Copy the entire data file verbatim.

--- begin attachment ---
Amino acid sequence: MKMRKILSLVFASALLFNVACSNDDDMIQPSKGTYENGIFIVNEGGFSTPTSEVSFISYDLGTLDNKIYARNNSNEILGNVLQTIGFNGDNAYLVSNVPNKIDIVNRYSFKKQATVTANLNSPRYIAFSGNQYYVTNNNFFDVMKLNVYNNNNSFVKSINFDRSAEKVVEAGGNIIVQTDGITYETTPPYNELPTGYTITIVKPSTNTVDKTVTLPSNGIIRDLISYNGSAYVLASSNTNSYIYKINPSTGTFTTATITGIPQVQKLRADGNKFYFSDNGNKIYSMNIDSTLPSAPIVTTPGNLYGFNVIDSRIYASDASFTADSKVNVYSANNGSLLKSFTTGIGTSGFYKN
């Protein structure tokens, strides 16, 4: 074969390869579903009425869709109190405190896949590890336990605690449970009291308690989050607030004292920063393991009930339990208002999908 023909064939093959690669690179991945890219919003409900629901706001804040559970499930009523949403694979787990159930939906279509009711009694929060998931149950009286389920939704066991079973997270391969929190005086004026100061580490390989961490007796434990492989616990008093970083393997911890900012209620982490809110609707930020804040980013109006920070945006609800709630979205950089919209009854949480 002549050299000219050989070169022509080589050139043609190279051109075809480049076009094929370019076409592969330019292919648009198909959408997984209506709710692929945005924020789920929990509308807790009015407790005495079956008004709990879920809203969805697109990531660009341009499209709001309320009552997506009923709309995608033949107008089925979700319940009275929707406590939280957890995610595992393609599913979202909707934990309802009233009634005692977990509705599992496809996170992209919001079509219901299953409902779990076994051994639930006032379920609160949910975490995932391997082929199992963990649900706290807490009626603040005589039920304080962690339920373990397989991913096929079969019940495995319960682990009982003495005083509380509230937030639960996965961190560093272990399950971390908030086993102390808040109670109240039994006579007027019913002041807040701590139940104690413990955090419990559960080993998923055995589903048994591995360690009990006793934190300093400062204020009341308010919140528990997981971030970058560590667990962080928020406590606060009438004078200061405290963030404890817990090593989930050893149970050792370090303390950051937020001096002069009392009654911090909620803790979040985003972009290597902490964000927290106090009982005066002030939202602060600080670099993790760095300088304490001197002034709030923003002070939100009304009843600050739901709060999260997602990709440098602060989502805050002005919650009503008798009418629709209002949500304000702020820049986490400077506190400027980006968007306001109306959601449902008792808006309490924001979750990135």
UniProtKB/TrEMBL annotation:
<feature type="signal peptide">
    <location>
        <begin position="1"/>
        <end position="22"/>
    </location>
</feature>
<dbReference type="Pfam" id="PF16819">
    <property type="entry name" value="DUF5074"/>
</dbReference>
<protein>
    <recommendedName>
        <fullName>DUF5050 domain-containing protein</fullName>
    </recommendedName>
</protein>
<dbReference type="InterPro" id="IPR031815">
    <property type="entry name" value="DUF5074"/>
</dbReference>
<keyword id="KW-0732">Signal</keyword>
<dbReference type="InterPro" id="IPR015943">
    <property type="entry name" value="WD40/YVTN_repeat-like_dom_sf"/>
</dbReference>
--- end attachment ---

Amino acid sequence: MKMRKILSLVFASALLFNVACSNDDDMIQPSKGTYENGIFIVNEGGFSTPTSEVSFISYDLGTLDNKIYARNNSNEILGNVLQTIGFNGDNAYLVSNVPNKIDIVNRYSFKKQATVTANLNSPRYIAFSGNQYYVTNNNFFDVMKLNVYNNNNSFVKSINFDRSAEKVVEAGGNIIVQTDGITYETTPPYNELPTGYTITIVKPSTNTVDKTVTLPSNGIIRDLISYNGSAYVLASSNTNSYIYKINPSTGTFTTATITGIPQVQKLRADGNKFYFSDNGNKIYSMNIDSTLPSAPIVTTPGNLYGFNVIDSRIYASDASFTADSKVNVYSANNGSLLKSFTTGIGTSGFYKN
């Protein structure tokens, strides 16, 4: 074969390869579903009425869709109190405190896949590890336990605690449970009291308690989050607030004292920063393991009930339990208002999908 023909064939093959690669690179991945890219919003409900629901706001804040559970499930009523949403694979787990159930939906279509009711009694929060998931149950009286389920939704066991079973997270391969929190005086004026100061580490390989961490007796434990492989616990008093970083393997911890900012209620982490809110609707930020804040980013109006920070945006609800709630979205950089919209009854949480 002549050299000219050989070169022509080589050139043609190279051109075809480049076009094929370019076409592969330019292919648009198909959408997984209506709710692929945005924020789920929990509308807790009015407790005495079956008004709990879920809203969805697109990531660009341009499209709001309320009552997506009923709309995608033949107008089925979700319940009275929707406590939280957890995610595992393609599913979202909707934990309802009233009634005692977990509705599992496809996170992209919001079509219901299953409902779990076994051994639930006032379920609160949910975490995932391997082929199992963990649900706290807490009626603040005589039920304080962690339920373990397989991913096929079969019940495995319960682990009982003495005083509380509230937030639960996965961190560093272990399950971390908030086993102390808040109670109240039994006579007027019913002041807040701590139940104690413990955090419990559960080993998923055995589903048994591995360690009990006793934190300093400062204020009341308010919140528990997981971030970058560590667990962080928020406590606060009438004078200061405290963030404890817990090593989930050893149970050792370090303390950051937020001096002069009392009654911090909620803790979040985003972009290597902490964000927290106090009982005066002030939202602060600080670099993790760095300088304490001197002034709030923003002070939100009304009843600050739901709060999260997602990709440098602060989502805050002005919650009503008798009418629709209002949500304000702020820049986490400077506190400027980006968007306001109306959601449902008792808006309490924001979750990135």
UniProtKB/TrEMBL annotation:
<feature type="signal peptide">
    <location>
        <begin position="1"/>
        <end position="22"/>
    </location>
</feature>
<dbReference type="Pfam" id="PF16819">
    <property type="entry name" value="DUF5074"/>
</dbReference>
<protein>
    <recommendedName>
        <fullName>DUF5050 domain-containing protein</fullName>
    </recommendedName>
</protein>
<dbReference type="InterPro" id="IPR031815">
    <property type="entry name" value="DUF5074"/>
</dbReference>
<keyword id="KW-0732">Signal</keyword>
<dbReference type="InterPro" id="IPR015943">
    <property type="entry name" value="WD40/YVTN_repeat-like_dom_sf"/>
</dbReference>